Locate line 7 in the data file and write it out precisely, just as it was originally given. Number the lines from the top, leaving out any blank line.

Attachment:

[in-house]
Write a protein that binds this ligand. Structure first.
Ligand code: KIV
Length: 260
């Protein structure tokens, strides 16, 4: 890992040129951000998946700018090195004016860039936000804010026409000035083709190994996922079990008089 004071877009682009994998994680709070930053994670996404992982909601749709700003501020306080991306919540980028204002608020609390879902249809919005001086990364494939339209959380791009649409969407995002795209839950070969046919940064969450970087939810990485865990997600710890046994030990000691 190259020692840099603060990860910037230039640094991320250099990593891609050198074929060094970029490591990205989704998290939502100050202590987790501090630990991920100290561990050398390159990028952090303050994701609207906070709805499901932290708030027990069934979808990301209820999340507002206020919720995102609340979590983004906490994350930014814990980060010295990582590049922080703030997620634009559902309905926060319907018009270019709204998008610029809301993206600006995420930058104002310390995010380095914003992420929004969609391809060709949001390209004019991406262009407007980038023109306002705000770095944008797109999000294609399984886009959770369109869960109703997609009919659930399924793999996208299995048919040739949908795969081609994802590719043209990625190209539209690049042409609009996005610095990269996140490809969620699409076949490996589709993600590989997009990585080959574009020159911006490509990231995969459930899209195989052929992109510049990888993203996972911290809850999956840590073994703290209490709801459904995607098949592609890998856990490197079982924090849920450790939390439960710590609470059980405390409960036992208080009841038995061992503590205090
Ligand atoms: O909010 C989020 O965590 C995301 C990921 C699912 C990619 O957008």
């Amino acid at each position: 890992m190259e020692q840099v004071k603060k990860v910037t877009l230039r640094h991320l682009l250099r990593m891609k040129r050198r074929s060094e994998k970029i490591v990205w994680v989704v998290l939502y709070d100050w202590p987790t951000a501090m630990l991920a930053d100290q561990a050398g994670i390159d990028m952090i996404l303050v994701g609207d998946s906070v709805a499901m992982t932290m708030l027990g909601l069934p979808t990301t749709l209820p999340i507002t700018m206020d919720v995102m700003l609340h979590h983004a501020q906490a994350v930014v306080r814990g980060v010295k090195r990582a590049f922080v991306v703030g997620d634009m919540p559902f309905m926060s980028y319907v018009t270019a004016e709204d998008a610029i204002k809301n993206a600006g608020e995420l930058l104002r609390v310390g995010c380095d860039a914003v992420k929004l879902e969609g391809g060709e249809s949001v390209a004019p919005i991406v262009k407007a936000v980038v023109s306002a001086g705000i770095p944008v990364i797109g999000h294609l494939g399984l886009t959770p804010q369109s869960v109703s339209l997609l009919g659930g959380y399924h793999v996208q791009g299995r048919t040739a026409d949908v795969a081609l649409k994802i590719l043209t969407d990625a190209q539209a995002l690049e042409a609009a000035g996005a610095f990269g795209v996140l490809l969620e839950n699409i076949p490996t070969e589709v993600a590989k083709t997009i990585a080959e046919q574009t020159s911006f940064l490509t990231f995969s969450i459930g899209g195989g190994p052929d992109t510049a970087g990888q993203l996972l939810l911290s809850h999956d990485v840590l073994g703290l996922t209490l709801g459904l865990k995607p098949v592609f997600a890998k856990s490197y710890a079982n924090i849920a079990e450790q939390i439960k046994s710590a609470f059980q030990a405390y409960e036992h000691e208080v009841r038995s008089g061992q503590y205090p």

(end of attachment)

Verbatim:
């Amino acid at each position: 890992m190259e020692q840099v004071k603060k990860v910037t877009l230039r640094h991320l682009l250099r990593m891609k040129r050198r074929s060094e994998k970029i490591v990205w994680v989704v998290l939502y709070d100050w202590p987790t951000a501090m630990l991920a930053d100290q561990a050398g994670i390159d990028m952090i996404l303050v994701g609207d998946s906070v709805a499901m992982t932290m708030l027990g909601l069934p979808t990301t749709l209820p999340i507002t700018m206020d919720v995102m700003l609340h979590h983004a501020q906490a994350v930014v306080r814990g980060v010295k090195r990582a590049f922080v991306v703030g997620d634009m919540p559902f309905m926060s980028y319907v018009t270019a004016e709204d998008a610029i204002k809301n993206a600006g608020e995420l930058l104002r609390v310390g995010c380095d860039a914003v992420k929004l879902e969609g391809g060709e249809s949001v390209a004019p919005i991406v262009k407007a936000v980038v023109s306002a001086g705000i770095p944008v990364i797109g999000h294609l494939g399984l886009t959770p804010q369109s869960v109703s339209l997609l009919g659930g959380y399924h793999v996208q791009g299995r048919t040739a026409d949908v795969a081609l649409k994802i590719l043209t969407d990625a190209q539209a995002l690049e042409a609009a000035g996005a610095f990269g795209v996140l490809l969620e839950n699409i076949p490996t070969e589709v993600a590989k083709t997009i990585a080959e046919q574009t020159s911006f940064l490509t990231f995969s969450i459930g899209g195989g190994p052929d992109t510049a970087g990888q993203l996972l939810l911290s809850h999956d990485v840590l073994g703290l996922t209490l709801g459904l865990k995607p098949v592609f997600a890998k856990s490197y710890a079982n924090i849920a079990e450790q939390i439960k046994s710590a609470f059980q030990a405390y409960e036992h000691e208080v009841r038995s008089g061992q503590y205090p």